Shorr explained the educational compact at Wednesday's School Reform Commission meeting.
Pedro Ramos, chairing his first SRC meeting since being confirmed by the state Senate on Monday, called the Philadelphia Great Schools Compact "a potentially exciting opportunity."
The commission will vote Wednesday on a resolution outlining the broad goals of the compact to demonstrate the city's commitment to "grow or replicate high-performing charter and district schools, and to improve or close low-performing charter and district schools that are not serving students well."
Shorr said the compact's aim was to eliminate 50,000 seats in the lowest-performing schools - district and charter - in five years by increasing enrollment in high-performing schools, turning schools around, creating new schools, and closing failing schools.
The Gates Foundation, which has promoted district-charter compacts, has said it will evaluate new compacts from between six and 10 cities and invite the strongest to submit proposals to compete for "tens of millions" of dollars in funding to support their collaborative plans. The district hopes to compete for the funding next year.
Shorr said Philadelphia had received some positive responses from Gates representatives. Acting School Superintendent Leroy Nunery II, though, said the district would proceed with the compact with or without Gates funding.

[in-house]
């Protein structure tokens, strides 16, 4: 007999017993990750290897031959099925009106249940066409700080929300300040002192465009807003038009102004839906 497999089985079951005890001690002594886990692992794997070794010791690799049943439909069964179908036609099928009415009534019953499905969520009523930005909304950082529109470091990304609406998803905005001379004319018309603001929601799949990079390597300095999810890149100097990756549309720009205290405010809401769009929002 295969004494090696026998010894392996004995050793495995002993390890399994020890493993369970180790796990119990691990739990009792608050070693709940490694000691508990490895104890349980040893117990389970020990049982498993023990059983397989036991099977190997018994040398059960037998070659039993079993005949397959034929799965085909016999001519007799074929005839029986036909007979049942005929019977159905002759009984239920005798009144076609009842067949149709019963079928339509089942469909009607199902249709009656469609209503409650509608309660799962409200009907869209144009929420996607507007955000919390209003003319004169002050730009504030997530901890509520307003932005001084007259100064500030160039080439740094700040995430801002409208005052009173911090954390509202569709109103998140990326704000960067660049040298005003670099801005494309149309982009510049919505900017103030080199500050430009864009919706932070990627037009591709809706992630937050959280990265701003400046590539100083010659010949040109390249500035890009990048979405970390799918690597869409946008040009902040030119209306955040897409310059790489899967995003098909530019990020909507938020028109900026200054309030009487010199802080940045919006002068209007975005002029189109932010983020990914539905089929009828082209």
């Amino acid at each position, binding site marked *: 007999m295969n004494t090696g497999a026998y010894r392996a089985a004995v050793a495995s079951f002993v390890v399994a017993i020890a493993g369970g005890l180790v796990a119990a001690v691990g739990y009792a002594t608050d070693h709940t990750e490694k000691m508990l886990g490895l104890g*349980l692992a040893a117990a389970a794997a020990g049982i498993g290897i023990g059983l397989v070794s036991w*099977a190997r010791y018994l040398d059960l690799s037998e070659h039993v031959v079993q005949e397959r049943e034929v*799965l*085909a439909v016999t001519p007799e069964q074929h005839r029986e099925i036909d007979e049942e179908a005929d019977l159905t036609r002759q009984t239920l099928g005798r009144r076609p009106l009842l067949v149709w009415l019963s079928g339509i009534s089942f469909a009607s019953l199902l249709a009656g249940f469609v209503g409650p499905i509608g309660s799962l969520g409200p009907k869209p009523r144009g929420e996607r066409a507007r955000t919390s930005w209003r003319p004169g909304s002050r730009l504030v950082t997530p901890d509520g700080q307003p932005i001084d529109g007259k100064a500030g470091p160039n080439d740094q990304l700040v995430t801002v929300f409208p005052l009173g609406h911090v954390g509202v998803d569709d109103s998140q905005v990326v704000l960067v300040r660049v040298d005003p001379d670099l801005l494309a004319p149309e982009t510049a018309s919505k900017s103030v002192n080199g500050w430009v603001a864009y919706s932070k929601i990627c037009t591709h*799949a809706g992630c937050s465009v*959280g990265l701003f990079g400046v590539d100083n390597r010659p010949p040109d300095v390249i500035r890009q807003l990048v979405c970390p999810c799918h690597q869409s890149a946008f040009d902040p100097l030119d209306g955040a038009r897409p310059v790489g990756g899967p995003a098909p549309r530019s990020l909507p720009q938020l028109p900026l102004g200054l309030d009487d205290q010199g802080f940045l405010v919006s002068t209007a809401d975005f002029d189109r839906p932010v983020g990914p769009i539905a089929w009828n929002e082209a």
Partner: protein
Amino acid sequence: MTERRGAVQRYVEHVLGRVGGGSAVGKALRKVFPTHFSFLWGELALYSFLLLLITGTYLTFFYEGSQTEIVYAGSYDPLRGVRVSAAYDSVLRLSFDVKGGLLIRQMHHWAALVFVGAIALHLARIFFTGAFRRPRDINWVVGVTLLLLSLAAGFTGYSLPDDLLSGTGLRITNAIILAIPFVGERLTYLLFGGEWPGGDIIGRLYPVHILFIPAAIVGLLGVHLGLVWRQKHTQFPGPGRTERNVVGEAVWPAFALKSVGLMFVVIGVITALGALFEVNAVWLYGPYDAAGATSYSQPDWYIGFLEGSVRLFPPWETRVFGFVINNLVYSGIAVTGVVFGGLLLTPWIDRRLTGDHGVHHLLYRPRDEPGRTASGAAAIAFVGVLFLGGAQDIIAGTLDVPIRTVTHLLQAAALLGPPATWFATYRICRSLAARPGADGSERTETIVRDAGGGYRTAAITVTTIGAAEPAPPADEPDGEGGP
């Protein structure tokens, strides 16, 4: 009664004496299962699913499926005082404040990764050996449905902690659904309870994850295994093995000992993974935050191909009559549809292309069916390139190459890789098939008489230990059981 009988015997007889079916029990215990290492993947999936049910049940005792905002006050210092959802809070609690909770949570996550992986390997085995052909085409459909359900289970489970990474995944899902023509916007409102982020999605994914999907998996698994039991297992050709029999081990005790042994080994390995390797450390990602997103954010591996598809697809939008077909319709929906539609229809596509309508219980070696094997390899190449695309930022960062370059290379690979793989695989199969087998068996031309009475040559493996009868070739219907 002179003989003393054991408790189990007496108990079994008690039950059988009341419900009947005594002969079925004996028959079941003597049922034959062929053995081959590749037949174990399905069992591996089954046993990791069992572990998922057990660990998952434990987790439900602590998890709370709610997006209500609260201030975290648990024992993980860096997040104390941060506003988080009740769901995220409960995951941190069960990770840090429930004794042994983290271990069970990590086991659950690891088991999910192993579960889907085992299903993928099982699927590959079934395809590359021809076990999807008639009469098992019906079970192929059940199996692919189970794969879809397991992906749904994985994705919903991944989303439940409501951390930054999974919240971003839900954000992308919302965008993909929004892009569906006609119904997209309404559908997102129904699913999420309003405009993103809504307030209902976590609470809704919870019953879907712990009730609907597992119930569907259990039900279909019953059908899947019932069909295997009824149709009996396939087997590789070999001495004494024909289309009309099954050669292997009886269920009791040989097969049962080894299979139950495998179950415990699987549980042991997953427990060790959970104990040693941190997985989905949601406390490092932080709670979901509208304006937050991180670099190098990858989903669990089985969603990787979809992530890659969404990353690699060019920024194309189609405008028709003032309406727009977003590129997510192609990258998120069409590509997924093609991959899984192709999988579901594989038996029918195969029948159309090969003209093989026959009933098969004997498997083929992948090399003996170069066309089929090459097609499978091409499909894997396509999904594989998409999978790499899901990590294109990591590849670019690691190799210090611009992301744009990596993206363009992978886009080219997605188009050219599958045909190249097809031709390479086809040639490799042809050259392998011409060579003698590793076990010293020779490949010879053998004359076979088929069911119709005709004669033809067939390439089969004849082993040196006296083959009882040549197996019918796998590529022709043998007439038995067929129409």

Mayor Nutter, the state, the Pennsylvania Coalition of Public Charter Schools, and Philadelphia Charters for Excellence have endorsed the compact.
"I think that this is historic," Larry Jones, president of the state charter coalition and chief operating officer of the Richard Allen Preparatory Charter School in West Philadelphia, told the commission.
"This agreement between the School District and our charter schools will provide unprecedented cooperation as they create equivalent metrics to measure student achievement and school performance," Nutter said in a statement. "I would like to thank those who have committed to this plan because we need a system of great schools that educates our young people and prepares them to tackle the challenges of the 21st century."
Shorr said that if the SRC endorses the compact next week, a committee would be set up to develop common performance criteria over the next four months to be used to evaluate all schools, create an accountability framework, and develop a plan for implementing the compact. After public input, a final version of the compact will be submitted to the Gates Foundation in March or April.
The proposed compact would permit other charter operators to take over failing charter schools. A draft of the proposal distributed Wednesday said that if the SRC revokes or fails to renew a charter, it would launch a competitive process to find another operator to take over the school.
The compact draft also calls for shared planning to coordinate growth of charters and district schools; collaborating on facilities; and creating a "universal enrollment" system that would align schools' application procedures and make it easier for families to select schools.
The compact also calls for replacing the district office that oversees charter schools with a new office whose executive director would report to the SRC. Now, the charter office is part of the district administration and reports to the superintendent. Charter school operators have advocated the change.
Philadelphia, which has 40,322 students in charter schools, ranks third among the 10 largest districts in the country in charter enrollment, just behind Los Angeles and Detroit.
Shorr said many of the other large districts already had signed compacts with their charter schools.
The Gates Foundation announced in December that nine school districts had signed such agreements.
Contact staff writer Martha Woodall at 215-854-2789 or firstname.lastname@example.org.